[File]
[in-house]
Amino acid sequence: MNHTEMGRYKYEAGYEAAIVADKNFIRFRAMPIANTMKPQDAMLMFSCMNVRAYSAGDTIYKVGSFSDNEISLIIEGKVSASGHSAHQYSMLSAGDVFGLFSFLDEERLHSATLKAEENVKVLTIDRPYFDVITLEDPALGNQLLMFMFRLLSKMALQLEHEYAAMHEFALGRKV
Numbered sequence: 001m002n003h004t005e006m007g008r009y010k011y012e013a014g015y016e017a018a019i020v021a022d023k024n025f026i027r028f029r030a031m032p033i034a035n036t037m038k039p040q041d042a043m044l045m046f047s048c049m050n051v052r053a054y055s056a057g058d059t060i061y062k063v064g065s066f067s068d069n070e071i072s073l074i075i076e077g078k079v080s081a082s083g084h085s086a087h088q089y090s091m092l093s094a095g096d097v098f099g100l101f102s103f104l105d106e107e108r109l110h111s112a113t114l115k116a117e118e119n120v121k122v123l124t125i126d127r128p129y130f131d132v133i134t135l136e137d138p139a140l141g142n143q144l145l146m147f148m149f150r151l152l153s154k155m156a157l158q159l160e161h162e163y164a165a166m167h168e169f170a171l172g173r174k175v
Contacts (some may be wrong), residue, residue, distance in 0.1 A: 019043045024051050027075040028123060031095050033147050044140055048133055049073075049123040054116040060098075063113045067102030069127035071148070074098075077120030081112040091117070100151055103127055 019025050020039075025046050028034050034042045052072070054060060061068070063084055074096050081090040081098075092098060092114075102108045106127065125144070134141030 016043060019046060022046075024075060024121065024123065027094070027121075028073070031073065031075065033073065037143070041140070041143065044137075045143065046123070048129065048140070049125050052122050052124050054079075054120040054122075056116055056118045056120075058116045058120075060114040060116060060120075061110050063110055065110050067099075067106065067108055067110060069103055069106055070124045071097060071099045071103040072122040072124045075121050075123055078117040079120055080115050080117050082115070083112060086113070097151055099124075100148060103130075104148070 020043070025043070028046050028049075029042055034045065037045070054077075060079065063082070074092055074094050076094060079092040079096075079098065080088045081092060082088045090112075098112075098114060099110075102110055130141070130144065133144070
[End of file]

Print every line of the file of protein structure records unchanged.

[in-house]
Amino acid sequence: MNHTEMGRYKYEAGYEAAIVADKNFIRFRAMPIANTMKPQDAMLMFSCMNVRAYSAGDTIYKVGSFSDNEISLIIEGKVSASGHSAHQYSMLSAGDVFGLFSFLDEERLHSATLKAEENVKVLTIDRPYFDVITLEDPALGNQLLMFMFRLLSKMALQLEHEYAAMHEFALGRKV
Numbered sequence: 001m002n003h004t005e006m007g008r009y010k011y012e013a014g015y016e017a018a019i020v021a022d023k024n025f026i027r028f029r030a031m032p033i034a035n036t037m038k039p040q041d042a043m044l045m046f047s048c049m050n051v052r053a054y055s056a057g058d059t060i061y062k063v064g065s066f067s068d069n070e071i072s073l074i075i076e077g078k079v080s081a082s083g084h085s086a087h088q089y090s091m092l093s094a095g096d097v098f099g100l101f102s103f104l105d106e107e108r109l110h111s112a113t114l115k116a117e118e119n120v121k122v123l124t125i126d127r128p129y130f131d132v133i134t135l136e137d138p139a140l141g142n143q144l145l146m147f148m149f150r151l152l153s154k155m156a157l158q159l160e161h162e163y164a165a166m167h168e169f170a171l172g173r174k175v
Contacts (some may be wrong), residue, residue, distance in 0.1 A: 019043045024051050027075040028123060031095050033147050044140055048133055049073075049123040054116040060098075063113045067102030069127035071148070074098075077120030081112040091117070100151055103127055 019025050020039075025046050028034050034042045052072070054060060061068070063084055074096050081090040081098075092098060092114075102108045106127065125144070134141030 016043060019046060022046075024075060024121065024123065027094070027121075028073070031073065031075065033073065037143070041140070041143065044137075045143065046123070048129065048140070049125050052122050052124050054079075054120040054122075056116055056118045056120075058116045058120075060114040060116060060120075061110050063110055065110050067099075067106065067108055067110060069103055069106055070124045071097060071099045071103040072122040072124045075121050075123055078117040079120055080115050080117050082115070083112060086113070097151055099124075100148060103130075104148070 020043070025043070028046050028049075029042055034045065037045070054077075060079065063082070074092055074094050076094060079092040079096075079098065080088045081092060082088045090112075098112075098114060099110075102110055130141070130144065133144070